Jul 14, 2016

3 Ways to Talk and Connect to People Living Dementia

We measure success by a fleeting smile, the squeeze of a hand, wide awake eyes. In caring for someone living with Alzheimer’s, we encourage you to celebrate each moment of recognition, each gesture of connection, every laugh and every smile!

Alzheimer's care isn't easy and requires patience.
By Tom and Karen Brenner
Alzheimer's Reading Room

Over the past ten years, we have used these techniques to create moments of joy and connection for dementia patients, the staff who care for them, and their loved ones.

How to Get Answers To Your Questions About Alzheimer's and Dementia

1. All of us feel a kinship with nature, whether we have lived in cities, small towns, or in the country. We like to smell flowers, look at autumn leaves, rub herbs between our fingers, put our ear up to sea shells.

Placing something from the natural world into an Alzheimer’s patient’s hands can be a simple but powerful way to connect them to the world again. We have experienced wonderful conversations about gardens or sledding parties after simply handing someone living with dementia a flower, a bundle of herbs, or a cup of snow.

2. Each of us has some very special parts of our lives that we treasure forever, even when we are living with Alzheimer’s. This special part of our lives may not necessarily be our occupation.

A man may have been a plumber all of his life, but his real passion was for baseball. Knowing this, we can hand him a baseball glove, or a woolen pennant with his favorite team on it. Handling the glove, smelling the woolen pennant can unlock memories of baseball games he attended or the moment when he slid into home plate and won the game.

People living with Alzheimer’s find it very difficult to begin conversations or engage with other people. They cannot remember how to start a discussion, they cannot begin to connect out of thin air. By giving them meaningful objects to hold, whether from nature or from their own lives, we give them a starting point, a way to connect again.

3. Our third technique is to engage people with music.

We encourage you to sing some favorite song or hymn with a person who has dementia. You may be quite surprised to find that a person who struggles to talk can remember all of the words to a favorite song and can sing with gusto! As well as singing circles, we also hold drum circles with Alzheimer’s patients. If a person has a heartbeat, they can play a drum. There is something magical in the way that music can break through the fog of dementia.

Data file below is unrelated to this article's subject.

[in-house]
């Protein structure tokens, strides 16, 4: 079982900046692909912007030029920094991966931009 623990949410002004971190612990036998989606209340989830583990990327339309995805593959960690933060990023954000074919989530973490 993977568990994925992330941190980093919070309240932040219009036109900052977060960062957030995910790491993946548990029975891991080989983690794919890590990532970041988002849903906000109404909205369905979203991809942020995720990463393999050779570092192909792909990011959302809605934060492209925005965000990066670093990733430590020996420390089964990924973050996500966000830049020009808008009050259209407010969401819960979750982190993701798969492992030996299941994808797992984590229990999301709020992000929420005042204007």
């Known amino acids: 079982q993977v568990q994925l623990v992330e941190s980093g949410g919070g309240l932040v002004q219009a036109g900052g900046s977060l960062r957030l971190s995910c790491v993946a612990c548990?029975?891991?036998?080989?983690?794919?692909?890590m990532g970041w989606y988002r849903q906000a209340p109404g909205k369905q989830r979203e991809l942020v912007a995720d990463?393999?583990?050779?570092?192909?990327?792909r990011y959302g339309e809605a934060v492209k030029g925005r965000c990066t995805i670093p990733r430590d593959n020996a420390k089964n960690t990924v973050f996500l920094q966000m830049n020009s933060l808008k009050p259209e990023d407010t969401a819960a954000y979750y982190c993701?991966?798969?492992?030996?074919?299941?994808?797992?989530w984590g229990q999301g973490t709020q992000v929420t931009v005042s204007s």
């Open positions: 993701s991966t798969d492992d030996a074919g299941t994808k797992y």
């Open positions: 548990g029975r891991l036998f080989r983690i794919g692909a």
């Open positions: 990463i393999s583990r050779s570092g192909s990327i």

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Original content the Alzheimer's Reading Room

Excerpt from:

What is Dementia?

What are the symptoms of Dementia?

In most cases, the symptoms of dementia occur gradually, over a period of years. Symptoms of dementia caused by injury or stroke occur more abruptly.

Difficulties often begin with memory, progressing from simple forgetfulness to the inability to remember directions, recent events, and familiar faces and names.

Other symptoms include difficulty with spoken communication, personality changes, problems with abstract thinking, poor personal hygiene, trouble sleeping, and poor judgment and decision making.

Dementia is extremely frustrating for the patient, especially in the early stages when he or she is aware of the deficiencies it causes. People with dementia are likely to lash out at those around them, either out of frustration or because their difficulty with understanding makes them misinterpret the actions of others.

They become extremely confused and anxious when in unfamiliar surroundings or with any change in routine. They may begin a task, such as cooking, then wander away aimlessly and completely forget what they had been doing.

Dementia is often accompanied by depression and delirium, which is characterized by an inability to pay attention, fluctuating consciousness, hallucinations, paranoia, and delusions.

People in advanced stages of dementia lose all control of bodily functions and are completely dependent upon others.

Dementia affects:
  • Emotional behavior or personality
  • Language
  • Memory
  • Perception
  • Thinking and judgment (cognitive skills)
Dementia usually first appears as forgetfulness.

Read the article in full, What is Dementia?